It's a familiar conversation in our house. When my husband dies, he wants to be cremated, with his ashes scattered in beloved locations ranging from the river behind our house to national parks including the Grand Canyon.
(Yes, I'm checking out the laws on this: the Grand Canyon requires finely pulverized ashes, Time magazine reports, "to avoid leaving any potentially alarming chunks of tooth or bone.")
But me? I want to be buried in the earth. And I have a new goal: leaving behind the idea of a traditional coffin in favor of burial in a biodegradable egg-shaped pod in a curated forest.
I've just discovered this option, still in its design phase, so not actually available yet. Which is all right with me, since I hope not to need the pod too soon.
Based in Italy, the project is called Capsula Mundi. On its website, designers Anna Citelli and Raoul Bretzel describe it this way:
"Ashes will be held in small Capsulas while bodies will be laid down in a fetal position in larger pods. The pod will then be buried as a seed in the earth. A tree, chosen in life by the deceased, will be planted on top of it and serve as a memorial for the departed and as a legacy for posterity and the future of our planet. Family and friends will continue to care for the tree as it grows. Cemeteries will acquire a new look and, instead of the cold grey landscape we see today, they will grow into vibrant woodlands."
In death, becoming a seed for a tree and thus for new life — that's an image I love. Capsula Mundi's FAQ page offers other appealing details, including a plan for capsules adapted for companion animals, too.
I wanted to know more about the choice of plastic described on that page. Even "organic" plastic — the material from which the pods will be made — doesn't sound environment-friendly. Citelli and Bretzel responded to my question by email on Tuesday:
"The material of the Capsula is a bio-polymer which is a polymer derived from seasonal plants. It is completely biodegradable and, if buried, becomes decomposed by microorganisms in the ground. This kind of material does not impede the natural transformation of organic substances of which we are made and allows the organic matter to transform into minerals, integrating the earth with nutrients for vegetative organisms. A tree will be planted over the buried Capsula, so a new form of life starts living and gives back oxygen and nutrients for others living species."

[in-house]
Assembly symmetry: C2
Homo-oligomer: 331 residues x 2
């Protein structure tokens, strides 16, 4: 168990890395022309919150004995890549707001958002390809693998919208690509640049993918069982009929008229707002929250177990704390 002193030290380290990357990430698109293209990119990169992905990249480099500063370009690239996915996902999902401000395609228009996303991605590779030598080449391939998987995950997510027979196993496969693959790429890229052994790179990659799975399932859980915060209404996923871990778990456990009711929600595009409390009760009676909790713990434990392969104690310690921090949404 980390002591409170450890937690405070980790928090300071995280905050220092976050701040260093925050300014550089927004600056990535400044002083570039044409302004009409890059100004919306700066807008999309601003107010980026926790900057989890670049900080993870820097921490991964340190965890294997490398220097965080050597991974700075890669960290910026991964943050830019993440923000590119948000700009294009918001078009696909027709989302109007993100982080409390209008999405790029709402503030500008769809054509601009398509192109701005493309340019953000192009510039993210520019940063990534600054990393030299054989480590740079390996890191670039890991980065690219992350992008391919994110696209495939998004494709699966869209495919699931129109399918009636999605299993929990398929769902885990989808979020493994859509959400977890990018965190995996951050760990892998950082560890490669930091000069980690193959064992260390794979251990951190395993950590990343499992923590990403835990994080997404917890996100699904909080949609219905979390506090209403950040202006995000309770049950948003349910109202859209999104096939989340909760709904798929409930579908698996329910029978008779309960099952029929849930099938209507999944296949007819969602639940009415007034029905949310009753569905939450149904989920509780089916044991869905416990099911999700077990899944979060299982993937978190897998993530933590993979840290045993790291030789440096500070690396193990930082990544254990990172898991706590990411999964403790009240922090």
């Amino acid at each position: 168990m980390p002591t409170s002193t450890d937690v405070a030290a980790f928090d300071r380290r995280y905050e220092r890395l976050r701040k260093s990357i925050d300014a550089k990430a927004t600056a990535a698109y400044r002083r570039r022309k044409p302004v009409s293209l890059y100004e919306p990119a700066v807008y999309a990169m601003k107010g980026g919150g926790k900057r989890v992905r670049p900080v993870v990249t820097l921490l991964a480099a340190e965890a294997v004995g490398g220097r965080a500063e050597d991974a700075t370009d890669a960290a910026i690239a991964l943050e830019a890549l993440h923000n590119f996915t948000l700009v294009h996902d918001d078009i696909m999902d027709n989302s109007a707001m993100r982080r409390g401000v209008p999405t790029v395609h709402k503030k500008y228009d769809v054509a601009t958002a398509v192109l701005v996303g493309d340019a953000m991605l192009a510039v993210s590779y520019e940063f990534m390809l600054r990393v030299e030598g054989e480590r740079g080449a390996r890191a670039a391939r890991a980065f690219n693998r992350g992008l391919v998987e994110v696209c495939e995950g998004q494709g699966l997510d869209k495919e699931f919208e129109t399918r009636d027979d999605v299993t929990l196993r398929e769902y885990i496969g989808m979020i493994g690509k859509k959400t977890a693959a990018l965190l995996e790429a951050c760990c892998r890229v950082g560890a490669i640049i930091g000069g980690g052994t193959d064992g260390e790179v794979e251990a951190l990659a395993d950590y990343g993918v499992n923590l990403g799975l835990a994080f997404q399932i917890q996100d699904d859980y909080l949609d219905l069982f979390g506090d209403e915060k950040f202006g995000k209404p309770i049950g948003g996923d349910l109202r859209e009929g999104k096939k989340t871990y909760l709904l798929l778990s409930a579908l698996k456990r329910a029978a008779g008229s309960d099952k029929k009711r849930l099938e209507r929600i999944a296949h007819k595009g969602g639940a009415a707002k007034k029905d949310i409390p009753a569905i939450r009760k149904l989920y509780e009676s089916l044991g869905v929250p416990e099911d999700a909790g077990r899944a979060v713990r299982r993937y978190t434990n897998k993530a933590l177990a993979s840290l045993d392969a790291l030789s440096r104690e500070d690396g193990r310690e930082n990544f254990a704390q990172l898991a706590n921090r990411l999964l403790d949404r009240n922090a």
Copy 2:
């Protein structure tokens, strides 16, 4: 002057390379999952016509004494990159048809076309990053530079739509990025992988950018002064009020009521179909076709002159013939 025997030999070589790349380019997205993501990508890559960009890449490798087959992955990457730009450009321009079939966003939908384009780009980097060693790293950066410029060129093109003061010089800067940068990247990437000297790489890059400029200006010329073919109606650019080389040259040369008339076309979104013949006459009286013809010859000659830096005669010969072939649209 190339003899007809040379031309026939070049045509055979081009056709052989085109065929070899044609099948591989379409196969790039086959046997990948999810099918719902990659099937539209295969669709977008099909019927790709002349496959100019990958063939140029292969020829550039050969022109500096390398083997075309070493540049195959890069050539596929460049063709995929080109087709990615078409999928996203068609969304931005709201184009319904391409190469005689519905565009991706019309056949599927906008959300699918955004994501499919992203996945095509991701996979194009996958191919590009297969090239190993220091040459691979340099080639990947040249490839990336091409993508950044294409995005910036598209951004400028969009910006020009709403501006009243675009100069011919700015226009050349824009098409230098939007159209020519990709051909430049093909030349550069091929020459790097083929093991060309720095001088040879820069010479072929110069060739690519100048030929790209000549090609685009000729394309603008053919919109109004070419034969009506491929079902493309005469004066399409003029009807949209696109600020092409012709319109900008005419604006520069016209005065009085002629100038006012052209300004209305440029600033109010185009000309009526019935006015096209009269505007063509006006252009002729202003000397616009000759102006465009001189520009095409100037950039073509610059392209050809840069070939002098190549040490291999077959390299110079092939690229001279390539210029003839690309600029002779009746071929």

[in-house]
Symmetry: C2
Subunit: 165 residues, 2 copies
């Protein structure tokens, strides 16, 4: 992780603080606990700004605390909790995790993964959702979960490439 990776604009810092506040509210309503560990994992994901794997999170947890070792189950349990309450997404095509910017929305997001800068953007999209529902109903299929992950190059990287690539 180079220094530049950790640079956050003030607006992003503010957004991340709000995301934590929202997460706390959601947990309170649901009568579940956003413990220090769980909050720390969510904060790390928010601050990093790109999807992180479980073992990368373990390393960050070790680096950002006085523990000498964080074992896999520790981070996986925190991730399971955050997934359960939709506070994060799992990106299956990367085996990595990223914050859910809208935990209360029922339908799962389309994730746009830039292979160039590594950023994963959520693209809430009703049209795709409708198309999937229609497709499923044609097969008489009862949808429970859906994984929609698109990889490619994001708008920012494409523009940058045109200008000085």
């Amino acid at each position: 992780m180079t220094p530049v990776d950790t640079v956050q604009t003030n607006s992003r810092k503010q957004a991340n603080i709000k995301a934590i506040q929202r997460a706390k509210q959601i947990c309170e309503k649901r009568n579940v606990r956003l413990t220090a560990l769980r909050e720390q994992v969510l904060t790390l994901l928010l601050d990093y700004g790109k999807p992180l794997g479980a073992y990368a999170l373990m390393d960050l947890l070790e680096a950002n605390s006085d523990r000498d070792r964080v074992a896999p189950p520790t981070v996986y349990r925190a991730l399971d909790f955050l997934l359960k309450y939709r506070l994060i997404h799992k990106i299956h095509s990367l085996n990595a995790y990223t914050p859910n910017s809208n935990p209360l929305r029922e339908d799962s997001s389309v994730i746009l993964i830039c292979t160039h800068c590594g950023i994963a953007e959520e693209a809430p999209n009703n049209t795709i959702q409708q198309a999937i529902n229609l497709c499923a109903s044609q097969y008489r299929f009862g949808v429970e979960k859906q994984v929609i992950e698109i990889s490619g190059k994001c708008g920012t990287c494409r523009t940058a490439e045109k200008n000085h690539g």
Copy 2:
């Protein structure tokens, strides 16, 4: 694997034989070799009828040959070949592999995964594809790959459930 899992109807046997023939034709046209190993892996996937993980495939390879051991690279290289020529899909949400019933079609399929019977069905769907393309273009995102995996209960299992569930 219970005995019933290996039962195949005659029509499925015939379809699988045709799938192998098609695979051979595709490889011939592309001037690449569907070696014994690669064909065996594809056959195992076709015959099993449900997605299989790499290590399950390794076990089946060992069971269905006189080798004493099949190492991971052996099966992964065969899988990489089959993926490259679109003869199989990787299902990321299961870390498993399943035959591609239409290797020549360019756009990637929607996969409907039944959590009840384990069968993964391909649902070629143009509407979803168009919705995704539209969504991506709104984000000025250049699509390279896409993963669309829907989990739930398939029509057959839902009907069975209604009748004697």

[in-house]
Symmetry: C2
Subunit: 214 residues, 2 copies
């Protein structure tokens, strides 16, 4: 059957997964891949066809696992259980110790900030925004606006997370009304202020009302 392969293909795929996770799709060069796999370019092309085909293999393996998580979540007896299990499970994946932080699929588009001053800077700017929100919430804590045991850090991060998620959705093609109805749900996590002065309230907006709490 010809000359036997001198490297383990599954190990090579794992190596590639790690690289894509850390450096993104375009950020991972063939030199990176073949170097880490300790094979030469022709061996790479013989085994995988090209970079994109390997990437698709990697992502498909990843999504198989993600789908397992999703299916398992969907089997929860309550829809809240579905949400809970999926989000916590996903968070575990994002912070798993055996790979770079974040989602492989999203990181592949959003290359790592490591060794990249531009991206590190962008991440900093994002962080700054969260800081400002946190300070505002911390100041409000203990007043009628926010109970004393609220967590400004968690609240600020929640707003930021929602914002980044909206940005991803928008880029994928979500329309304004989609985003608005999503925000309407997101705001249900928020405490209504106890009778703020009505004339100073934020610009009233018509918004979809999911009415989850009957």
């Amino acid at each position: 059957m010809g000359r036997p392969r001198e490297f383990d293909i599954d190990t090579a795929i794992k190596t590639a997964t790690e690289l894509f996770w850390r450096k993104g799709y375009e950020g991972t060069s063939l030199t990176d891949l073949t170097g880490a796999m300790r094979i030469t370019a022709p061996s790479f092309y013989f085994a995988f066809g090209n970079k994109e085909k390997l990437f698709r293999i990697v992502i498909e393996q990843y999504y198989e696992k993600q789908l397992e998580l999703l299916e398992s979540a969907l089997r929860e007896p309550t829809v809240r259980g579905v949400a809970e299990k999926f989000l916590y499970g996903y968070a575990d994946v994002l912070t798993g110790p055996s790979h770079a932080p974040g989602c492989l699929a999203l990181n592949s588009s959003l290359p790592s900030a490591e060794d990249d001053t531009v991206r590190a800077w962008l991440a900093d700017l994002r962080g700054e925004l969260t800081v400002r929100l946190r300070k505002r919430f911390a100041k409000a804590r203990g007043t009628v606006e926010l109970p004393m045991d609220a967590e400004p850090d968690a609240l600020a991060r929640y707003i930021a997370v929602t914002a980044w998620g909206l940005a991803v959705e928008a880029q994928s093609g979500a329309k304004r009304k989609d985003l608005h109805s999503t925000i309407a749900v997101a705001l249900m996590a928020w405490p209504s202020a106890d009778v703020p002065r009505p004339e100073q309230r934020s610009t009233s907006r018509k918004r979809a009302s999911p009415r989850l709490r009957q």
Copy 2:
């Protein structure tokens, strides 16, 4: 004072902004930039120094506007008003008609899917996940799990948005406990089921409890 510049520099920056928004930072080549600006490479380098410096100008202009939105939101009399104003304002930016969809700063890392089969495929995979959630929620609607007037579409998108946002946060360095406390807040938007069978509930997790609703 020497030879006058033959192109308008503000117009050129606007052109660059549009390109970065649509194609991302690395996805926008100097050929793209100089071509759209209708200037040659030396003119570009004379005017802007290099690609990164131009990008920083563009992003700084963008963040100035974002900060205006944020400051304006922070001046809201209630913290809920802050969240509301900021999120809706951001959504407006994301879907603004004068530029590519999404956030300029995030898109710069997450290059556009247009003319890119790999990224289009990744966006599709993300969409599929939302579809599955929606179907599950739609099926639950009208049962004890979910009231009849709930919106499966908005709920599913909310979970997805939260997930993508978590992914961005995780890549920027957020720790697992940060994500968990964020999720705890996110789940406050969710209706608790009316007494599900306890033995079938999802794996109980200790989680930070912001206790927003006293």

So, unlike a tree being cut down to make a traditional coffin, with Capsula Mundi, a tree is planted — and, yes, the plastic is environment-friendly after all.
Citelli and Bretzel told me that green burials are outlawed in Italy. This is a situation they hope to change; a petition is already underway. Meanwhile, "very soon" they will launch production of Capsulas in the version sized for ashes, aiming at countries where the pod burial is already legal. The next phase will involve work on the body-sized Capsulas that sparked my interest.
It's for professional reasons as well as personal ones that I'm thinking about unconventional burials just now.
In April, I'll give talks in northern Virginia and in Santa Fe, about an evolutionary perspective on grief, dying and death. As I've written here before, responses to their relatives' and companions' deaths by wild elephants, monkeys and house cats may include profound grief.
Elaborate rituals around death and burial are, at least as far as we know, fully bound up with human culture and discourse. Beautiful traditions may be part of the human response to dying and death, as we can see when music thanatologist Jennifer Hollis explains why she plays the harp for people who are dying.
Burial practices can, as Capsula Mundi hopes to show, be beautiful, too.
Barbara J. King is an anthropology professor at the College of William and Mary. She often writes about human evolution, primate behavior and the cognition and emotion of animals. Barbara's most recent book on animals is titled How Animals Grieve. You can keep up with what she is thinking on Twitter: @bjkingape.